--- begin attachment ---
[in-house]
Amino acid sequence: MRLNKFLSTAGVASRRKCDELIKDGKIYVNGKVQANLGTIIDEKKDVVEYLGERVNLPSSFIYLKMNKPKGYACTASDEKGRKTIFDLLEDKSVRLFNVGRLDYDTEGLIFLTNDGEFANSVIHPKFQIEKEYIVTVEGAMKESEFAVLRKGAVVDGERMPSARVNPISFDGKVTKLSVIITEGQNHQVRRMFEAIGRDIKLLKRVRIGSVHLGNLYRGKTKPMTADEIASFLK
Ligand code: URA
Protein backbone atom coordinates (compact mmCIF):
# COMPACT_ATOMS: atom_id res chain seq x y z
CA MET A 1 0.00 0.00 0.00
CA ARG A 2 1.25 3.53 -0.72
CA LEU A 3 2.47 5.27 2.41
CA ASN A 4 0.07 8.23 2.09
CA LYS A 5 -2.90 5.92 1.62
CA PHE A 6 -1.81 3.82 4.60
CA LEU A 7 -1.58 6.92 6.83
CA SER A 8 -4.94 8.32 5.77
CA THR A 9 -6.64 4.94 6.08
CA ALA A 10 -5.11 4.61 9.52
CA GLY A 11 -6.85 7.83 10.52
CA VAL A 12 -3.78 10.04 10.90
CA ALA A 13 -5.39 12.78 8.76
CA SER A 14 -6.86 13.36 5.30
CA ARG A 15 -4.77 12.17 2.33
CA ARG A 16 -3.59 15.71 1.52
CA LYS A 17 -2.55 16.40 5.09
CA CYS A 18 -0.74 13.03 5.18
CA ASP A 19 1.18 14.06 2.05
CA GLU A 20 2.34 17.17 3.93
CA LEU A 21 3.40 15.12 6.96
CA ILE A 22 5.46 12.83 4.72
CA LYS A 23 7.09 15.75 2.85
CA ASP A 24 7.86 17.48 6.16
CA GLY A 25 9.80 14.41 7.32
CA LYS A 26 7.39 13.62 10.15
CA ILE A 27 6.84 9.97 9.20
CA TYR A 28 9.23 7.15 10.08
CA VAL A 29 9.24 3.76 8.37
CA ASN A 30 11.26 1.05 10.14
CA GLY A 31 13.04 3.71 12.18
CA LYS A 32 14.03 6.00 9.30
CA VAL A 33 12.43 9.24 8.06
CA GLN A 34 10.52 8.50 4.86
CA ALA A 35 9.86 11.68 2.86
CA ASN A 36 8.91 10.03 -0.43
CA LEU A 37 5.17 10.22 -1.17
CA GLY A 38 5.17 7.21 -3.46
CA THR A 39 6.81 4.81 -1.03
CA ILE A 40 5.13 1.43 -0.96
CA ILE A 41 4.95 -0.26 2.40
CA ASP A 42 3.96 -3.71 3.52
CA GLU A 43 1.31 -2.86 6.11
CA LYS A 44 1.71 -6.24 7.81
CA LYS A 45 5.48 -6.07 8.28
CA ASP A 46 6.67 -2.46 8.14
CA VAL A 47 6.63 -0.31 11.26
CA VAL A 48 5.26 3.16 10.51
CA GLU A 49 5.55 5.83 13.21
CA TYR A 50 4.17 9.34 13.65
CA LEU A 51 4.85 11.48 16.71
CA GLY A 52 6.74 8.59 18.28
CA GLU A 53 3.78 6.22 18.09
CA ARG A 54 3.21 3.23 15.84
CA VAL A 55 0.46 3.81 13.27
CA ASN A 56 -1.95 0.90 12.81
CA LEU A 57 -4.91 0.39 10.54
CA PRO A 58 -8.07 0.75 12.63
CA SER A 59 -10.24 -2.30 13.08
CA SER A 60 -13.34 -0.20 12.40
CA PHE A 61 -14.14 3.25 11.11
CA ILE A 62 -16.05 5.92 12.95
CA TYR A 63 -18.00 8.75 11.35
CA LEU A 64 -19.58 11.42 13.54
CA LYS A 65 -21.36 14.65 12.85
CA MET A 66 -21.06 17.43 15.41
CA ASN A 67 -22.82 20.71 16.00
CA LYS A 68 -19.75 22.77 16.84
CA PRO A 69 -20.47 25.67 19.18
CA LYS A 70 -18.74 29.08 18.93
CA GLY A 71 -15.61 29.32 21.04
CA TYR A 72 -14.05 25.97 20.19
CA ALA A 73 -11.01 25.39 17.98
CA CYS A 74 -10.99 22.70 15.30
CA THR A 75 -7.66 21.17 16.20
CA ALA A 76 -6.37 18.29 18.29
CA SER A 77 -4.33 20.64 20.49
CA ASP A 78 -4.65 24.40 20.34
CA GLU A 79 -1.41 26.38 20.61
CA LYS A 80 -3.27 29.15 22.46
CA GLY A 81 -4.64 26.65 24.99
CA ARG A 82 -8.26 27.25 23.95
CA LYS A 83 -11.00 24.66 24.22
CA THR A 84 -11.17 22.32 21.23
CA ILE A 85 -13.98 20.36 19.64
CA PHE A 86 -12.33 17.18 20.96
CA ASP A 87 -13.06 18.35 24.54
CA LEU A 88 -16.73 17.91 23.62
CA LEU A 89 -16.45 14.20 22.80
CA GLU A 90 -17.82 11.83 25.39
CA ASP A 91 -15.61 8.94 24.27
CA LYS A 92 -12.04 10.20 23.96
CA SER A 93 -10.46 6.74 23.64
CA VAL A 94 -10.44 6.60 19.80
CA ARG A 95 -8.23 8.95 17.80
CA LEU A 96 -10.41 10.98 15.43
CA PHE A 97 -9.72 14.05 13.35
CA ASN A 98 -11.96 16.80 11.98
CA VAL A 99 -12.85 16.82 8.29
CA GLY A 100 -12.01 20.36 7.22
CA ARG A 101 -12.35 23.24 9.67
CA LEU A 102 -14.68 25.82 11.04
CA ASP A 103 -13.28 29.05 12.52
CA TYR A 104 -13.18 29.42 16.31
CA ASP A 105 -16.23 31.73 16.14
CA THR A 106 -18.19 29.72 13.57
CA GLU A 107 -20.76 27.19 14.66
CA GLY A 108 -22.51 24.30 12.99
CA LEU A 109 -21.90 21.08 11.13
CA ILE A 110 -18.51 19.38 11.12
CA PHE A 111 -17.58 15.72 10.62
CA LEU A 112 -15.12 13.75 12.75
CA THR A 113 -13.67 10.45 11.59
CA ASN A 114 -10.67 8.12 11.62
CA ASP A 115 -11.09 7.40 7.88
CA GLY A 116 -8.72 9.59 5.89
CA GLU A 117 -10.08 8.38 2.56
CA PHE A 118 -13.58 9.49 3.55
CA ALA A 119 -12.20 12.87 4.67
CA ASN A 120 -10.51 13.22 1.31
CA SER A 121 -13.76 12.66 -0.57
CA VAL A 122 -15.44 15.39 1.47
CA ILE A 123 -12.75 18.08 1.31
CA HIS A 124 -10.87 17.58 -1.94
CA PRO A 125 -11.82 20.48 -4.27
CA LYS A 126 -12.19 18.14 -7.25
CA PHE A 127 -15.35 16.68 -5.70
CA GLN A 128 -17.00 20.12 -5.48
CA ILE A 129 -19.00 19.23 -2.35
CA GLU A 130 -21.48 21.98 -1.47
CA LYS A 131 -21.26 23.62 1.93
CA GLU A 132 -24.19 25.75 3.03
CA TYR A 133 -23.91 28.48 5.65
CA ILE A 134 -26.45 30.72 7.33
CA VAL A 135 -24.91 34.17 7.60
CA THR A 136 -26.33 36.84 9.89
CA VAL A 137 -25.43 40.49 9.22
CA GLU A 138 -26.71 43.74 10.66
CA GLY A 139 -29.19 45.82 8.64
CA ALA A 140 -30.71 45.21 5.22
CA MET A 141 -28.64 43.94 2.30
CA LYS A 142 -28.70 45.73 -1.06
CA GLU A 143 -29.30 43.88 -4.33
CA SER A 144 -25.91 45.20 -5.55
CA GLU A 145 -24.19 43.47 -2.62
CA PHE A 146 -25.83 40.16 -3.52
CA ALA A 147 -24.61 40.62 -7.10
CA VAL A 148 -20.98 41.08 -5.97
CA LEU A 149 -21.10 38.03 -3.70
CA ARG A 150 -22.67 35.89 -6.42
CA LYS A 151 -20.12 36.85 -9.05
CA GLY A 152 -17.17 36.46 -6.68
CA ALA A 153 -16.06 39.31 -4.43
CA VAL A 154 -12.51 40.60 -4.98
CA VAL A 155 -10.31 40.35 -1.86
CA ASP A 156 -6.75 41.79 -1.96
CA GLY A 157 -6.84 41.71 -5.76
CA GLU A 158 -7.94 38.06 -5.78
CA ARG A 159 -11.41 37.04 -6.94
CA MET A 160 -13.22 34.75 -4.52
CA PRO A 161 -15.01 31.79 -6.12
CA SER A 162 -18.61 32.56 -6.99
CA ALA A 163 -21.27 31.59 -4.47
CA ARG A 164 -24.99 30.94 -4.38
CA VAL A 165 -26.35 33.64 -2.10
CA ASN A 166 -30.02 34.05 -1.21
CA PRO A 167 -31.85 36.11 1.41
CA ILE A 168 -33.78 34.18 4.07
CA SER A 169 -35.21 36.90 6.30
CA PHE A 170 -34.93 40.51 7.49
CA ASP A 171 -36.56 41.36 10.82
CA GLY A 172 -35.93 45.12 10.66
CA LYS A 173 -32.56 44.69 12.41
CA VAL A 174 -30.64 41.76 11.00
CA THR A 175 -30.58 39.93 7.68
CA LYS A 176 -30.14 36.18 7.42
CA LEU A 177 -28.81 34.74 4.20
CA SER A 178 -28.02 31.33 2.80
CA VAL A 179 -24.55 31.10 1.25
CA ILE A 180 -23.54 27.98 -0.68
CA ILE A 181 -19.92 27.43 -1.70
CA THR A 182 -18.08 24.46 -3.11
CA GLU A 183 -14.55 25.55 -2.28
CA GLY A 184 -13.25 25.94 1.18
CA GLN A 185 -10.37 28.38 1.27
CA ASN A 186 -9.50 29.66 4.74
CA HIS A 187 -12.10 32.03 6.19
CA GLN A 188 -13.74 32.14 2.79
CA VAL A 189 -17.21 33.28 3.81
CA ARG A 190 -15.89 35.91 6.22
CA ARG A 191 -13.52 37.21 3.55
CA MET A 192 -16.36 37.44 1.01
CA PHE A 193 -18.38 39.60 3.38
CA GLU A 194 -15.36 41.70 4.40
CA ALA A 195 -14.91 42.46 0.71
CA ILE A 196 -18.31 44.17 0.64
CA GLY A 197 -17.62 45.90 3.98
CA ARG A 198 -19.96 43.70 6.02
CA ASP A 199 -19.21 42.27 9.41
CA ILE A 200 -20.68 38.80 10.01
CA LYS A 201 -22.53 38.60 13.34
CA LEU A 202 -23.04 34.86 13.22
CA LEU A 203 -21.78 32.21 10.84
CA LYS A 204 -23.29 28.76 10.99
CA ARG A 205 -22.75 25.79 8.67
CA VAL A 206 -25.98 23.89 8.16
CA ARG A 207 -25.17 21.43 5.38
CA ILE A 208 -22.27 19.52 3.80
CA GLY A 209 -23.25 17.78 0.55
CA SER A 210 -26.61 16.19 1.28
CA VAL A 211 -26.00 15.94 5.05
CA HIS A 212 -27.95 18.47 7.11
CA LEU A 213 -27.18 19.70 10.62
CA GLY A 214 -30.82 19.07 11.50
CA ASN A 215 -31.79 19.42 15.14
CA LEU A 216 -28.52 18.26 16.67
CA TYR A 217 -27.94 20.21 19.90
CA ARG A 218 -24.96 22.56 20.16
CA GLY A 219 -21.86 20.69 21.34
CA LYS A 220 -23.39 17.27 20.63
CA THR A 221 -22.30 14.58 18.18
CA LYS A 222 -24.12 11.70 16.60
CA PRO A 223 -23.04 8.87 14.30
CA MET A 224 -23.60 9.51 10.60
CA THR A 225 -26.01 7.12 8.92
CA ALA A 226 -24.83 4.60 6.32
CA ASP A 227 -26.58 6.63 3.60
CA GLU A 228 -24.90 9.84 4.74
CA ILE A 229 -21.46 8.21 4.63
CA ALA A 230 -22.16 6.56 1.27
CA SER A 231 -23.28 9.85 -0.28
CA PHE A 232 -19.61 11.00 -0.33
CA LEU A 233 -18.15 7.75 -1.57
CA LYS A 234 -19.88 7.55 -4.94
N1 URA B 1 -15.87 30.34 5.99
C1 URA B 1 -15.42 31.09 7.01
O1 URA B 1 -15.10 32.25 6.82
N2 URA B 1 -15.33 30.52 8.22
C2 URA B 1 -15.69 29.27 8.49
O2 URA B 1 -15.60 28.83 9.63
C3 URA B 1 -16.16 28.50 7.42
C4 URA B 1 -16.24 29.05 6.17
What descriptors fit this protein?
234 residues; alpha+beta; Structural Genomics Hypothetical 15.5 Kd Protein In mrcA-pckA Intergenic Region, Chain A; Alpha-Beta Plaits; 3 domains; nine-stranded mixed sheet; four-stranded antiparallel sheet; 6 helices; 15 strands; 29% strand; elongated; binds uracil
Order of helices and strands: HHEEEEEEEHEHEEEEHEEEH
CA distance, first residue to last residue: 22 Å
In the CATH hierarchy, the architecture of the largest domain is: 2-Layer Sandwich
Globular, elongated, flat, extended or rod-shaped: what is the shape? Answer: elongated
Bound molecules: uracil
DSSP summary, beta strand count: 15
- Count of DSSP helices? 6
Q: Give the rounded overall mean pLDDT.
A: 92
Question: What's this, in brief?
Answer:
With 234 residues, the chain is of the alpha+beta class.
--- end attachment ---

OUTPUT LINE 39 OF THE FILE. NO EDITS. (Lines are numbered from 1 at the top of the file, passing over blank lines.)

CA GLN A 34 10.52 8.50 4.86